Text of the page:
In Europe and the USA and especially in Latin America, Africa, and Asia, there are many, many more farmers than extensionists, and many more extension agents than scientists. With these proportions, how can participa-
tory learning for action, which proposes that scientists work directly with farmer groups, contribute to improved decision-making in weed management among millions of farm households.?
The possibility for widespread impact of participatory learning for action resides in a three-stage process that begins in pilot areas and expands outward through organized extension programs and informal farmer and rural household communication networks.
The first stage, described in the three previous sections, focuses on creating a nucleus of methods, results, and experienced individuals in pilot groups. This stage may appear costly in time, although Nelson (1994) found that standard demonstration plots were only slightly lower cost than farmer experimentation groups. The slightly greater cost pays off because the experienced
Table 3.3. Rewards to farmers, extensionists, and scientistsfor working together
Rewards to farmers
• new perspectives through exchange with other farmers and with scientists and extensionists
• structured analysis of information and procedures for decision-making; a sounding board for new approaches
• source of ideas for short-term problem solving
• better understanding of how to manage weeds
Rewards to extension
• better understanding of how farmers observe and make decisions as basis for better design of extension programs
• in-depth understanding of on-farm conditions, including weed problems; assessment of current technologies for more effective feedback to researchers
• farmers as partners in extension programs rather than as recipients of technology transfer
• pilot fields and farms for visits from other farmer groups
Rewards to scientists
• new perspectives on farmer observation and decisionmaking criteria for weed management to improve research strategies
• intellectual challenge of understanding spatial and temporal weed variability at field and landscape levels
• definition of new research directions integrated with other disciplines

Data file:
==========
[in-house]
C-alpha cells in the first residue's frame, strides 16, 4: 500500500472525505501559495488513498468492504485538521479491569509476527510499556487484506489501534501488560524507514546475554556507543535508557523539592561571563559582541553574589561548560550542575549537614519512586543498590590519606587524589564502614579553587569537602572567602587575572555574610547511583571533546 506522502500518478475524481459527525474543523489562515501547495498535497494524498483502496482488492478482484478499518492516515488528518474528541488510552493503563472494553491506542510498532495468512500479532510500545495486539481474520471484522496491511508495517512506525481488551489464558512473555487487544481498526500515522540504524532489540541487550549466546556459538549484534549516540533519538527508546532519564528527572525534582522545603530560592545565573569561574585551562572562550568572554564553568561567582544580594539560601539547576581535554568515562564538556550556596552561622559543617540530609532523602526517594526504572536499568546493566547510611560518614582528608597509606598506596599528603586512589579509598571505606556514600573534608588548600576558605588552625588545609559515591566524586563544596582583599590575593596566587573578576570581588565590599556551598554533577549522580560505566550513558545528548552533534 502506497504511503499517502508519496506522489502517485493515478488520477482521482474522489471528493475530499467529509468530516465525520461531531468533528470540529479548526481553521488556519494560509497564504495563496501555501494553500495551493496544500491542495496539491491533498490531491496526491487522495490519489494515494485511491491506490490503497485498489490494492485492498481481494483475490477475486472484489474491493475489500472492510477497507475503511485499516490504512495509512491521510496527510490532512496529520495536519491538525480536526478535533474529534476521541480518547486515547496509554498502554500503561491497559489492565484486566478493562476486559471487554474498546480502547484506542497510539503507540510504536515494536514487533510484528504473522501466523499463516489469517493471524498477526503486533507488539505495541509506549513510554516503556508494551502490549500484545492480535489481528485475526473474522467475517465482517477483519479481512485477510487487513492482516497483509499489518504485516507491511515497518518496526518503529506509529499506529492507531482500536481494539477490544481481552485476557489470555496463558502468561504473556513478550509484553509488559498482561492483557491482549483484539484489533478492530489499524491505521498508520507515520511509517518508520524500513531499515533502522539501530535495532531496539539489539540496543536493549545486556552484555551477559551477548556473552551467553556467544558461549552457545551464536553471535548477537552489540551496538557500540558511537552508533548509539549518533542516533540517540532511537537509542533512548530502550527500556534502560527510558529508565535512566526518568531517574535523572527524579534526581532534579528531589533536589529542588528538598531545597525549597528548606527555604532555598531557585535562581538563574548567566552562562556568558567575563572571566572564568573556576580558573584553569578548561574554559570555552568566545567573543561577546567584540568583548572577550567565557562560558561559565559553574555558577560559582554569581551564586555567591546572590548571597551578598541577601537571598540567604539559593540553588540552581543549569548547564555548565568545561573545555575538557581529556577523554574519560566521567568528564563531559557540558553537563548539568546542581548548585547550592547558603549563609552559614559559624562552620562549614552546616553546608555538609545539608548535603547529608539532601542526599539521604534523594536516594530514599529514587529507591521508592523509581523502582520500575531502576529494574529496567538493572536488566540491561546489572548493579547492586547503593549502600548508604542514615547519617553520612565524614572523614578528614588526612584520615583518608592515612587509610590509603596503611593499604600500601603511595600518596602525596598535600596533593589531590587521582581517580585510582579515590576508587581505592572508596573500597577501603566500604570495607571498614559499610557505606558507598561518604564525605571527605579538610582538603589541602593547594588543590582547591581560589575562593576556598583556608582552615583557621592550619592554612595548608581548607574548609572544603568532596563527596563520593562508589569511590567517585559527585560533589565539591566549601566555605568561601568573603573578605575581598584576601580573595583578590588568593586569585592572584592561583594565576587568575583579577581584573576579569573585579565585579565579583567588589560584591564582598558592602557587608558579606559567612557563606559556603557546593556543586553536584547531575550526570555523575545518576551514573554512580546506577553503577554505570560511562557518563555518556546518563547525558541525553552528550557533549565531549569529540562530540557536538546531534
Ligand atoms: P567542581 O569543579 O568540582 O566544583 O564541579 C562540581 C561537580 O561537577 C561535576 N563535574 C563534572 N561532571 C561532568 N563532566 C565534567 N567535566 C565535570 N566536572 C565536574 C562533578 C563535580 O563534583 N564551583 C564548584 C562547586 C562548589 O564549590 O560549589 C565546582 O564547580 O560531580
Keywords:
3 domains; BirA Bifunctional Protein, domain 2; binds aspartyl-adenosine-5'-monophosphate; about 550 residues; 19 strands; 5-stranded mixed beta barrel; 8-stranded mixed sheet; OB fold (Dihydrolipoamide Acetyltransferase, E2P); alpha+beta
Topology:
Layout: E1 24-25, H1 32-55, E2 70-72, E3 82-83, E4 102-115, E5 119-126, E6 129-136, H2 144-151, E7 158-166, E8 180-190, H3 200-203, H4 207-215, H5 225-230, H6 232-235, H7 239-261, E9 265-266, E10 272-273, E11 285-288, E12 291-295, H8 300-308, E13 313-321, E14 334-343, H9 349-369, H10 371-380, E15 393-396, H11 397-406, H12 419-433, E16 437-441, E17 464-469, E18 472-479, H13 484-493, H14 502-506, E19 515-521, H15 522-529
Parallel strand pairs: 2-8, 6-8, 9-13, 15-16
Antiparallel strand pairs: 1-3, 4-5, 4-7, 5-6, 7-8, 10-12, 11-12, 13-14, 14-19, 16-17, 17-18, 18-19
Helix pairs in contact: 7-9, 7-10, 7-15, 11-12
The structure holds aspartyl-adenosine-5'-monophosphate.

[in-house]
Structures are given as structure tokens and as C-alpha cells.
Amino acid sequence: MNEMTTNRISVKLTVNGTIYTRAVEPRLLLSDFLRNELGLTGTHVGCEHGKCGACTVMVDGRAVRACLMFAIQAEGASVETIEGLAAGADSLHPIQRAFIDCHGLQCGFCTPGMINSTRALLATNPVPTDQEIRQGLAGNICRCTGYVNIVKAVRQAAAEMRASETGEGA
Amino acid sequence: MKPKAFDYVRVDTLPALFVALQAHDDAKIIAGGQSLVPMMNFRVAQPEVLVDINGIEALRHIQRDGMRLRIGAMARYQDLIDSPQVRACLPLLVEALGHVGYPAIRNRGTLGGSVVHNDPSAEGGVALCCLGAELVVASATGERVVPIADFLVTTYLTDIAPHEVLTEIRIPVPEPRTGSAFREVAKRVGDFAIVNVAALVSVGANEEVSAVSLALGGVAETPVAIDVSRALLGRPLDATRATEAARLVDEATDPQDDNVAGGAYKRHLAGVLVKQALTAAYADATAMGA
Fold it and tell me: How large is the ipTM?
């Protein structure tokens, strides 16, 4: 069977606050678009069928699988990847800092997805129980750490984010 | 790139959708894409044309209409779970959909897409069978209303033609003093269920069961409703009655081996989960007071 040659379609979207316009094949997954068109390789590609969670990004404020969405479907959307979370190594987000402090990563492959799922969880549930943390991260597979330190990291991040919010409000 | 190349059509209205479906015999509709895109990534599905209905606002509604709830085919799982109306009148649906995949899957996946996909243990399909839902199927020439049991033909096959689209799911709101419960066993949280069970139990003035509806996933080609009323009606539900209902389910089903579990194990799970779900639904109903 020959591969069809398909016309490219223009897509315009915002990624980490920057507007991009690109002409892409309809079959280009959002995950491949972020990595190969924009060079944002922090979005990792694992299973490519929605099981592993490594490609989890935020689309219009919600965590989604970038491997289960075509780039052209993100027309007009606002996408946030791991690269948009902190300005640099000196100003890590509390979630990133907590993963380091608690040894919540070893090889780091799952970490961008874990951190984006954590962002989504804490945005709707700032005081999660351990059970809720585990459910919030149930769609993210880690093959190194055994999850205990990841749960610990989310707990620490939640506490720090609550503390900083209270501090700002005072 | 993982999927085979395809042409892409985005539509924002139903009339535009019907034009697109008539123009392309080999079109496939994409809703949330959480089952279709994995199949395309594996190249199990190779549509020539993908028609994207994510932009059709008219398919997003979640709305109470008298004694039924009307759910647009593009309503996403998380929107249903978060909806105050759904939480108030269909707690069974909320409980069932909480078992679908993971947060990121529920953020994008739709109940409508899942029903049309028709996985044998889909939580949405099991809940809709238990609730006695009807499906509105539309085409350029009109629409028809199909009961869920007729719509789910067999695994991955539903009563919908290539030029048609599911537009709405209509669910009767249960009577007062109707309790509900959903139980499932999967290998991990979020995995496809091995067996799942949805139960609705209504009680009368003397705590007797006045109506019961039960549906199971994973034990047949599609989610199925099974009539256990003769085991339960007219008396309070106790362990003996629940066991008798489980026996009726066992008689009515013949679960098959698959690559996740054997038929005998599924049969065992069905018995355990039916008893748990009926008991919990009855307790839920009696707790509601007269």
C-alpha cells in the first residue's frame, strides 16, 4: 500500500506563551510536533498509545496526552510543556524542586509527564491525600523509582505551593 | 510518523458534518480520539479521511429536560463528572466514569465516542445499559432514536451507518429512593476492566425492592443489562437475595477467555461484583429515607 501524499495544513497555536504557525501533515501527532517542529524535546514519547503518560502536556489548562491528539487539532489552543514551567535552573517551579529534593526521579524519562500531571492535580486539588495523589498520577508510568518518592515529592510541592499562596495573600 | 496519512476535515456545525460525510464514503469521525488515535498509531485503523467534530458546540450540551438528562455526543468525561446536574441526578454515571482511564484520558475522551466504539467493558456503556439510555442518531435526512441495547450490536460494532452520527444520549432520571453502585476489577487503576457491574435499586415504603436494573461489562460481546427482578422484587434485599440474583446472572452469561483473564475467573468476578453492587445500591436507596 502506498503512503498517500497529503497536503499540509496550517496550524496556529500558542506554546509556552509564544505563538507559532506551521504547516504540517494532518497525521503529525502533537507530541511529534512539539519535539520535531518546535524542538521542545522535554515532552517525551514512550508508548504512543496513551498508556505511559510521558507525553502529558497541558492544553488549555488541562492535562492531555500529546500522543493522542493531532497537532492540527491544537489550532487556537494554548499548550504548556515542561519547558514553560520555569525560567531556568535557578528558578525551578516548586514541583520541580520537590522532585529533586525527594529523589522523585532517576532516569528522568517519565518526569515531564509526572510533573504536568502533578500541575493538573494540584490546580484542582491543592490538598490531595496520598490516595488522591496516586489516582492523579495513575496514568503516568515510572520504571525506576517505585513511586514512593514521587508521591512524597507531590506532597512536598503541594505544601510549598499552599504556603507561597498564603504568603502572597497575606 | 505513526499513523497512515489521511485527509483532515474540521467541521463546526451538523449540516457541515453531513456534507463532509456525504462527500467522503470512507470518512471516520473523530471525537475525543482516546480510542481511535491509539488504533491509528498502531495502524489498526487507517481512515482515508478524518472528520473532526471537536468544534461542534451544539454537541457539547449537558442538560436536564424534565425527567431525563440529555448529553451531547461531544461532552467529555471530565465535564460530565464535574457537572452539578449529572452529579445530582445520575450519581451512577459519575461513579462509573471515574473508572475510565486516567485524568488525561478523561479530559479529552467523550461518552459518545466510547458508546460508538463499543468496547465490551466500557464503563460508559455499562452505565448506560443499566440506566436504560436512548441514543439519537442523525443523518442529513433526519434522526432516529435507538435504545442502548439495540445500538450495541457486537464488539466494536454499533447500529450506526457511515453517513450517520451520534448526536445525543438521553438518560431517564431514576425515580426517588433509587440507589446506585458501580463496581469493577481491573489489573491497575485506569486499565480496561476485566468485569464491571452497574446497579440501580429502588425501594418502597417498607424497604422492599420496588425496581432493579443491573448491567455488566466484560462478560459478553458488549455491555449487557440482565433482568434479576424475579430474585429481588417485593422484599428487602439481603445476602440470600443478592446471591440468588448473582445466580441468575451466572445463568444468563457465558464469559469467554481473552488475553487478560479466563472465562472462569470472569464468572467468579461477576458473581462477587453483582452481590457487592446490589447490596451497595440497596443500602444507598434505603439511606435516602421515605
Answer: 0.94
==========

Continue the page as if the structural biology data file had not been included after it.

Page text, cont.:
• practical cases and examples for teaching and training presentations
• access to data from many fields and farms individuals and the methods for monitoring weeds, analyzing decisionmaking, and linking group meetings with individual actions form critical elements for the multiplication of learning.
In the second stage, extensionists promote new groups, relying on established farmer groups. Although scientists are not present, the principles of participatory learning continue: farmer experimentation, field observation, group analysis of plans and decisions, and discussion of new weed management methods. In addition, extensionists strengthen farmer-to-farmer exchanges among pilot groups and new groups with surrounding farmers. Other household members and diverse non-farm sectors of rural communities may also be incorporated into these exchanges. Much needs to be learned about how ideas spread in rural social networks; insights on this subject would contribute to more effective facilitation of farmer-to-farmer exchanges (Box, 1989; Engel, 1997; Selener, Chenier & Zelaya, 1997).
The configuration of the third phase represents a wider spread of the participatory learning approach in informal rural communication networks and a potential for partnerships between farmer networks and formal research organizations. For example, in the Netherlands, horticultural study groups begun by growers to compensate weak research programs now make up a national federation that is developing links with government research programs (Oerlemans, Proost & Rauwhorst, 1997). In Colombia, farmer experi mentation groups have formed their own umbrella organization to find funding and provide technical advice (Ashby et al., 1999). What are the essential components for a vitalized co-learning network that encompasses research, public and private extension, and formal and informal farmer to farmer communication.? The answer will depend on the experiences generated in such diverse areas as California, Iowa, Holland, Peru, Cuba, Vietnam, Philippines, Senegal, and many other countries (Thrupp, 1996; Veldhuizen et al., 1997).
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